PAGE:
A/N: So this is now a series of short stories. Some may take a few chapters, some may just be a short poem, but most will be one-shots.
by Fiyero Oberon
I feel the fear run through my body as I realize what is about to happen. Already the light of the sun dances merrily on the crystalline waves of the ocean. The dark sky has begun to lighten; the horizon has turned a lovely shade of pink. I close my eyes and breath deeply in, letting the salty scent of the sea linger in my nostrils. I wet my lips and kiss the wind.
Inside, the raven-haired prince lies on his wedding bed, his naked body entwined with the sheets, his strong arms enclosed tightly around the princess, his lover, the maiden he has longed to be with all this time. All this time. I tricked myself into believing that he was in love with me. What a fool I am. Why would he ever love me when he could have the beautiful princess he believed to have saved him from the storm? Indeed, I heard him say that very thing just before the wedding this previous eve. He said to his parents, 'My lord and lady, it is true, I do love the mute girl. We all do. But I confess that although she is beautiful as she dances, my heart feels no tug toward her. I love her, yes, but as my sister. Many have come to believe that I have a quiet love affair with her, but no word of such a love has ever passed between us, neither from my lips nor from her gestures. I love this princess. I have loved her since she saved me from death. I do not want the mute girl. I want her.'
I remember how my heart had sunk as I listened to the prince's words, how the lump in my throat had hardened, how the hot tears had formed and burned my eyes. And for a fleeting moment, I felt true hate - I know not for whom though. The prince, perhaps, or the princess. Or the sea-witch, or my sisters for telling me of the sea-witch's spells, or myself. Myself. I hated myself in that moment, for loving him, for saving him, for begging the sea-witch to split my fin, for daring to believe my prince loved me in return. Listen to me. 'My prince.' I dare to call him 'my prince.' I am pathetic.
I looked down at the knife I hold in my hand. The silver blade gleams as the rosy sun makes her ascent. I suddenly feel an urge to run back into that bedroom, to thrust the knife into the prince's chest . . . over . . . and over . . . and over . . . and then to draw patterns on his leg, on his back, on his shoulders and arms, drawn with the knife so blood seeps through . . . and I want to tie her up and force her eyes open, make her watch him die in front of her. Then I would kill her too, though perhaps not as morbidly as him. Of course, it was not her fault.
But I can't do that. It wouldn't be worth it.
I reenter the bedroom and walk softly over to the bed where he lies on his stomach. I touch him gently. Leaning down, I kiss his bare neck. He groans in his sleep and rolls over onto his back. I run my hands down his naked chest and stomach and hips, and I kiss his mouth. For a moment, he is my lover. I brush his dark hair out of his eyes and I kiss him firmly on the mouth again and I realize that he is kissing back, though he is still asleep. I step over to the other side of the bed, and I stroke the princess's golden hair and kiss her forehead and I speak. My voice is low and rough from being unused for several months. 'You are so lucky to have him,' I murmur. 'Never let him go.'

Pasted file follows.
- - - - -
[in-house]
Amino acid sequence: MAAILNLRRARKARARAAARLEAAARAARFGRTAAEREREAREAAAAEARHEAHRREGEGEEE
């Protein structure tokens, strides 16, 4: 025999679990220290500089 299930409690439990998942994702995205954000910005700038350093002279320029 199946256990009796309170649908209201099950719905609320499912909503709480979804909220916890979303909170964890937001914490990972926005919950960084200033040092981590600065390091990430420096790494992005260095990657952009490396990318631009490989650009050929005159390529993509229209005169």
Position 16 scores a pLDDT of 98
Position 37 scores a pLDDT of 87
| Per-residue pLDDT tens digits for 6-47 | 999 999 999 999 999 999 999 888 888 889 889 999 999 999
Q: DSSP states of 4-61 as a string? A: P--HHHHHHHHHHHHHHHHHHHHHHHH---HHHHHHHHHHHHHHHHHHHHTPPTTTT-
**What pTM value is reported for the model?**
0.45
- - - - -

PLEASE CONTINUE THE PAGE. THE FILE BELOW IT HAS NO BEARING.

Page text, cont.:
I touch my prince one last time. 'Good-bye,' I whisper.
I leave the bedroom and go out to the balcony. My feet are still wrapped in the ballet slippers I danced in at the prince's wedding and they are still soaked in the blood that spilled from the pain inflicted by the sea-witch's spell.
And now I dance. My feet carry me and all thoughts leave me as I throw myself about the marble balcony floor. I know what I'm dancing: my life story. I twirl and step and spin and glide and I know somehow that this is a dance for him, though he will never see it. If he did see me, he would know the truth; I love him and I saved him from the storm, not her. The golden princess is a fraud.
The sun is nearly up now.
I stop dancing. My feet ache and I sit on the balcony edge. My feet slip silently into the water and the blood washes off, twirling about in patterns with the water. I untie the ribbons of my slippers; I watch them fall off with a quiet splash and float away.
The sun is moments away from being fully risen. Standing on the balcony edge, I tear my clothes off and fling them into the ocean. And suddenly I feel a white pain blaze in my feet. I let out a scream as the pain slowly makes its way up through my legs, my chest, my arms, and my head. I try to walk, but I stumble, my knees give in, and I fall in a heap on the marble floor. The agony tears me and I seize the knife and plunge it into my breast; fresh, warm blood spills out and down my body, mingling into the seawater. I scream and hot tears roll down my cheeks. I roll into the sea and with one last scream, I am gone forever.
The princess wakes with a start, swearing she heard someone screaming just outside. Standing, the princess wraps a cloak around herself for modesty's sake and slips out into the dewy morning. The sun has risen above the horizon entirely, orange and bright and still casting colorful streaks through the sky. Her eyes drift to the sea and a small smile flickers across her face.
Her prince comes out now, a cloak resting on his shoulders as well. He slips his arms around his bride's waist and leaves a trail of kisses down her neck and shoulder. She gives a sigh of content. 'Look at the foam,' she says, 'see how it dances with the water? It looks so peaceful . . . I have never stopped to notice such beauty . . . .'
He smiles. 'Yes. It is rather pretty, isn't it?'
She cups his chin in her hand and kisses him softly; and for some strange reason, his lips are salty.